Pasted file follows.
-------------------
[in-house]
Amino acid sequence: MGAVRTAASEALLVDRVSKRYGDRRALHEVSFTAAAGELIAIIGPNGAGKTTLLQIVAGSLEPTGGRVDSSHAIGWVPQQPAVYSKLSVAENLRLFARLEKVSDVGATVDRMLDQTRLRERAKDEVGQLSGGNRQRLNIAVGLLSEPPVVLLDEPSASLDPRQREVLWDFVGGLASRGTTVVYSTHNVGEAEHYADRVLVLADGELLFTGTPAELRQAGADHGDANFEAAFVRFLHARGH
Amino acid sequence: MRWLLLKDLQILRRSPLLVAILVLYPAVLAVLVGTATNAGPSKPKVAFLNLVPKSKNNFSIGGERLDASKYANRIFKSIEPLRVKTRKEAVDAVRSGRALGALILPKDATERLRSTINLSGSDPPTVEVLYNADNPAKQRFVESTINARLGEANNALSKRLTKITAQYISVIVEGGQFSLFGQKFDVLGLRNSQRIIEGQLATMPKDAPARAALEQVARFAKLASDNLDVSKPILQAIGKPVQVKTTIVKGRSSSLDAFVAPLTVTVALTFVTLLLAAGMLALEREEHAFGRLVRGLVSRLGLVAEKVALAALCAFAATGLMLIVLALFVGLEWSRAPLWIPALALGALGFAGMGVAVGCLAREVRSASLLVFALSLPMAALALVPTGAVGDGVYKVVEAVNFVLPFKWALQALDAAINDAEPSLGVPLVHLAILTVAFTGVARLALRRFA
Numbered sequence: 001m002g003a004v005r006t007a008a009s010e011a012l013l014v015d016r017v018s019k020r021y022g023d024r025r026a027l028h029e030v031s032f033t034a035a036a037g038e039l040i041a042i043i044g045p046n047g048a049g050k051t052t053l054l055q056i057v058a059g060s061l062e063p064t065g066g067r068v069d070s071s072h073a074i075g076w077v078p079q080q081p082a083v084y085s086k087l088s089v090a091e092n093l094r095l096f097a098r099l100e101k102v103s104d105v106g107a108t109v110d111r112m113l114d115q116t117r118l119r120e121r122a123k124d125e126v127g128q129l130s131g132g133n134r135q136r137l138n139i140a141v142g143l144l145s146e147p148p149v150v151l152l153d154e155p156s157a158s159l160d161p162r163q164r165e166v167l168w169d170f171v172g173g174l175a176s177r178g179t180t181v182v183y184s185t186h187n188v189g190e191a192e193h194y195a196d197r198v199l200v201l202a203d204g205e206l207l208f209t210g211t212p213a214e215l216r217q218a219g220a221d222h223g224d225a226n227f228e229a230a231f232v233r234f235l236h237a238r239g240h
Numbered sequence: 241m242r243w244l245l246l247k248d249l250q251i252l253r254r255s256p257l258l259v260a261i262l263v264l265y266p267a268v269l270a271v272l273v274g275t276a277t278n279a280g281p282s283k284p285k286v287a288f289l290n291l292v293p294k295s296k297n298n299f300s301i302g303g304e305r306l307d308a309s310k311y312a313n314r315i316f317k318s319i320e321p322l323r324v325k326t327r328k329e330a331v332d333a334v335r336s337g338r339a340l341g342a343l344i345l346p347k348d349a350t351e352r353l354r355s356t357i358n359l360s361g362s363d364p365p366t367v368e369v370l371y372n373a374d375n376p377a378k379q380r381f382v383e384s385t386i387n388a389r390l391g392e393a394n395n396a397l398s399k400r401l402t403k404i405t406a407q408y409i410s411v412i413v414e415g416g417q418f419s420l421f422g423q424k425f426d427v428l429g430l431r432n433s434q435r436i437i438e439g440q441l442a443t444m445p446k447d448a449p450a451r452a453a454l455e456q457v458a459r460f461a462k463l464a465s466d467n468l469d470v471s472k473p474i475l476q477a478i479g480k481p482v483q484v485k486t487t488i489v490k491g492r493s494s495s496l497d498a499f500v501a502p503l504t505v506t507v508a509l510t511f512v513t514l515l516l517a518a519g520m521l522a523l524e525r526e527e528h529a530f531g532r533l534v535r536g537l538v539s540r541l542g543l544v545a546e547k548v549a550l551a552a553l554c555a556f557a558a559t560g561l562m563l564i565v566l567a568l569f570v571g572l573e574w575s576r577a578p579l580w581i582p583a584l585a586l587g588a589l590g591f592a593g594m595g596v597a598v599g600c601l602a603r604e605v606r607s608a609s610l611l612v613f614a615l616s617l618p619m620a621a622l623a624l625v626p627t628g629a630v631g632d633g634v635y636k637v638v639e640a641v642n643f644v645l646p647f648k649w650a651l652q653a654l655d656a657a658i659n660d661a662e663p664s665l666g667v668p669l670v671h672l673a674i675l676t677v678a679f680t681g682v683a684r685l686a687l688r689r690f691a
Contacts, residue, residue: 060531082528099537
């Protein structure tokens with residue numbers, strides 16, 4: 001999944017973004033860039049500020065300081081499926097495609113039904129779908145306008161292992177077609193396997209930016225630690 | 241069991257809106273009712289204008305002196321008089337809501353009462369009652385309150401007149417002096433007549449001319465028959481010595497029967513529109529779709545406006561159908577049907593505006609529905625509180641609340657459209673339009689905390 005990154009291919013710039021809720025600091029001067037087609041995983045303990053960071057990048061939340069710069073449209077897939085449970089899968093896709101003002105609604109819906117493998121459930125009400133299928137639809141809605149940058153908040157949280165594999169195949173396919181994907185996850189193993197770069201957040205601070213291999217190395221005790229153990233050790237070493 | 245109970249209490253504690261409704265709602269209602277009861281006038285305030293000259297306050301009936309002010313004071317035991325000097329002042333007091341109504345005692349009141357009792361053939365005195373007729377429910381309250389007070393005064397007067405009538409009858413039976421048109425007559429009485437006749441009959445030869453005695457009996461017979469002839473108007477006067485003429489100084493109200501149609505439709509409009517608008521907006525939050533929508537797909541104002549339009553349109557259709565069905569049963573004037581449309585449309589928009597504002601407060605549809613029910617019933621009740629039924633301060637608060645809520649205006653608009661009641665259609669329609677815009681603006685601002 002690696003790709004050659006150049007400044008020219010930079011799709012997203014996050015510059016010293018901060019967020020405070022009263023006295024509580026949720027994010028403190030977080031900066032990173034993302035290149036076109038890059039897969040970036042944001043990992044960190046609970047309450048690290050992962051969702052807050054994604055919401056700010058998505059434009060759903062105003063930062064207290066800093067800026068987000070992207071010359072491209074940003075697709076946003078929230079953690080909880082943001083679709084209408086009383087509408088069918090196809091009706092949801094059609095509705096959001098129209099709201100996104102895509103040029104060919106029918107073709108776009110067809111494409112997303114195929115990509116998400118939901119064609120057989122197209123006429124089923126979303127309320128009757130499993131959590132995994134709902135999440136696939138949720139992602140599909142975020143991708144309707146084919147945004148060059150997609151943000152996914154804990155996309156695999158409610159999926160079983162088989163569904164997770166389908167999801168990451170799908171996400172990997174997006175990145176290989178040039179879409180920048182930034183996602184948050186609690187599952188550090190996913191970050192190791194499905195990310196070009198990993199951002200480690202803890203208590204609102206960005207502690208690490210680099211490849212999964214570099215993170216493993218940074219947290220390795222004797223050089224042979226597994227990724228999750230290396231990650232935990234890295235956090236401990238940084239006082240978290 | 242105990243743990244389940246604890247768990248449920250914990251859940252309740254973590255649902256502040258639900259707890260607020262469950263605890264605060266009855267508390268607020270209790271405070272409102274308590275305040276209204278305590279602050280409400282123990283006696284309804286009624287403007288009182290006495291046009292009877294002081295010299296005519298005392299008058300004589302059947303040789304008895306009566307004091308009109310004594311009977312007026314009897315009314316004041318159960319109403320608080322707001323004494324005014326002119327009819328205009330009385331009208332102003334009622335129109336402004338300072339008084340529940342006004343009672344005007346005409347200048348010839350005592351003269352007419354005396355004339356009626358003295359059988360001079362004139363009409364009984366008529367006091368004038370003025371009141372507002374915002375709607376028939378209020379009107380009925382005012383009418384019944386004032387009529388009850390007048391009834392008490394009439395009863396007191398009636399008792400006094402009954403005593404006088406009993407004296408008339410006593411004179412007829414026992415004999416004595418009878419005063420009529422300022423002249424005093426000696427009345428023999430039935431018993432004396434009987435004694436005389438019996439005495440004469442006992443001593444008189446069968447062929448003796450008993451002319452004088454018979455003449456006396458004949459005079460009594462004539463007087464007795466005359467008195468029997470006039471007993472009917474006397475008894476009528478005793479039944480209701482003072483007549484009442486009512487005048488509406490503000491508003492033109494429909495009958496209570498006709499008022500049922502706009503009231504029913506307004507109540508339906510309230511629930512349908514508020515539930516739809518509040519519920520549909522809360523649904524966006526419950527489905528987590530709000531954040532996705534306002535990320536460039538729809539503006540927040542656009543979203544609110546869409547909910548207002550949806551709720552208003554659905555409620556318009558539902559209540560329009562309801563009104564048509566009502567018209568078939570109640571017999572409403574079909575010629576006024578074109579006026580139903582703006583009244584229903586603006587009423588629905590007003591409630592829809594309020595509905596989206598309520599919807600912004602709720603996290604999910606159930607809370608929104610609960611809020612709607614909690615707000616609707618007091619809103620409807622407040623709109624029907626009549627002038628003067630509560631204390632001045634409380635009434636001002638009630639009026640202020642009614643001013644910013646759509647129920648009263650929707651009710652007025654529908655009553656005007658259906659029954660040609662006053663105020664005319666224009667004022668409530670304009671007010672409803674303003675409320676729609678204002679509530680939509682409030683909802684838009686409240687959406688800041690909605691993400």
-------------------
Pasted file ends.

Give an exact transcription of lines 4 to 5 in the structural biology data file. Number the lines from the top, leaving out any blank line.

Numbered sequence: 001m002g003a004v005r006t007a008a009s010e011a012l013l014v015d016r017v018s019k020r021y022g023d024r025r026a027l028h029e030v031s032f033t034a035a036a037g038e039l040i041a042i043i044g045p046n047g048a049g050k051t052t053l054l055q056i057v058a059g060s061l062e063p064t065g066g067r068v069d070s071s072h073a074i075g076w077v078p079q080q081p082a083v084y085s086k087l088s089v090a091e092n093l094r095l096f097a098r099l100e101k102v103s104d105v106g107a108t109v110d111r112m113l114d115q116t117r118l119r120e121r122a123k124d125e126v127g128q129l130s131g132g133n134r135q136r137l138n139i140a141v142g143l144l145s146e147p148p149v150v151l152l153d154e155p156s157a158s159l160d161p162r163q164r165e166v167l168w169d170f171v172g173g174l175a176s177r178g179t180t181v182v183y184s185t186h187n188v189g190e191a192e193h194y195a196d197r198v199l200v201l202a203d204g205e206l207l208f209t210g211t212p213a214e215l216r217q218a219g220a221d222h223g224d225a226n227f228e229a230a231f232v233r234f235l236h237a238r239g240h
Numbered sequence: 241m242r243w244l245l246l247k248d249l250q251i252l253r254r255s256p257l258l259v260a261i262l263v264l265y266p267a268v269l270a271v272l273v274g275t276a277t278n279a280g281p282s283k284p285k286v287a288f289l290n291l292v293p294k295s296k297n298n299f300s301i302g303g304e305r306l307d308a309s310k311y312a313n314r315i316f317k318s319i320e321p322l323r324v325k326t327r328k329e330a331v332d333a334v335r336s337g338r339a340l341g342a343l344i345l346p347k348d349a350t351e352r353l354r355s356t357i358n359l360s361g362s363d364p365p366t367v368e369v370l371y372n373a374d375n376p377a378k379q380r381f382v383e384s385t386i387n388a389r390l391g392e393a394n395n396a397l398s399k400r401l402t403k404i405t406a407q408y409i410s411v412i413v414e415g416g417q418f419s420l421f422g423q424k425f426d427v428l429g430l431r432n433s434q435r436i437i438e439g440q441l442a443t444m445p446k447d448a449p450a451r452a453a454l455e456q457v458a459r460f461a462k463l464a465s466d467n468l469d470v471s472k473p474i475l476q477a478i479g480k481p482v483q484v485k486t487t488i489v490k491g492r493s494s495s496l497d498a499f500v501a502p503l504t505v506t507v508a509l510t511f512v513t514l515l516l517a518a519g520m521l522a523l524e525r526e527e528h529a530f531g532r533l534v535r536g537l538v539s540r541l542g543l544v545a546e547k548v549a550l551a552a553l554c555a556f557a558a559t560g561l562m563l564i565v566l567a568l569f570v571g572l573e574w575s576r577a578p579l580w581i582p583a584l585a586l587g588a589l590g591f592a593g594m595g596v597a598v599g600c601l602a603r604e605v606r607s608a609s610l611l612v613f614a615l616s617l618p619m620a621a622l623a624l625v626p627t628g629a630v631g632d633g634v635y636k637v638v639e640a641v642n643f644v645l646p647f648k649w650a651l652q653a654l655d656a657a658i659n660d661a662e663p664s665l666g667v668p669l670v671h672l673a674i675l676t677v678a679f680t681g682v683a684r685l686a687l688r689r690f691a